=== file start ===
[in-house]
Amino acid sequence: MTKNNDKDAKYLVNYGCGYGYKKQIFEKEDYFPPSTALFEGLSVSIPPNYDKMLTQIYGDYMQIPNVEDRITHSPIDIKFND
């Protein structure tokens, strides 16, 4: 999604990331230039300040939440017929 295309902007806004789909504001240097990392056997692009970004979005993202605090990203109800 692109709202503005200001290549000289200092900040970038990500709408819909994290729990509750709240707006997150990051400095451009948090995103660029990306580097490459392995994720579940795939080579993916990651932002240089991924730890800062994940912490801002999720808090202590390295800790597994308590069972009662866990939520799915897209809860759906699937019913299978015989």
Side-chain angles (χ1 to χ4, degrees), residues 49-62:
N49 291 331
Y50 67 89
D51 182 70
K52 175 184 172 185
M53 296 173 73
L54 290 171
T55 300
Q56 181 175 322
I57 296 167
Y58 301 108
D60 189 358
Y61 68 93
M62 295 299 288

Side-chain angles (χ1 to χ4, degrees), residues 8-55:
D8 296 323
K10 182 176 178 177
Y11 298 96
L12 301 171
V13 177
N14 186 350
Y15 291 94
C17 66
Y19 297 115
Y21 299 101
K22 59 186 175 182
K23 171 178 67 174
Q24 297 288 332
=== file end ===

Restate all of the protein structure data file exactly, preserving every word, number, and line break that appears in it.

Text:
[in-house]
Amino acid sequence: MTKNNDKDAKYLVNYGCGYGYKKQIFEKEDYFPPSTALFEGLSVSIPPNYDKMLTQIYGDYMQIPNVEDRITHSPIDIKFND
């Protein structure tokens, strides 16, 4: 999604990331230039300040939440017929 295309902007806004789909504001240097990392056997692009970004979005993202605090990203109800 692109709202503005200001290549000289200092900040970038990500709408819909994290729990509750709240707006997150990051400095451009948090995103660029990306580097490459392995994720579940795939080579993916990651932002240089991924730890800062994940912490801002999720808090202590390295800790597994308590069972009662866990939520799915897209809860759906699937019913299978015989």
Side-chain angles (χ1 to χ4, degrees), residues 49-62:
N49 291 331
Y50 67 89
D51 182 70
K52 175 184 172 185
M53 296 173 73
L54 290 171
T55 300
Q56 181 175 322
I57 296 167
Y58 301 108
D60 189 358
Y61 68 93
M62 295 299 288

Side-chain angles (χ1 to χ4, degrees), residues 8-55:
D8 296 323
K10 182 176 178 177
Y11 298 96
L12 301 171
V13 177
N14 186 350
Y15 291 94
C17 66
Y19 297 115
Y21 299 101
K22 59 186 175 182
K23 171 178 67 174
Q24 297 288 332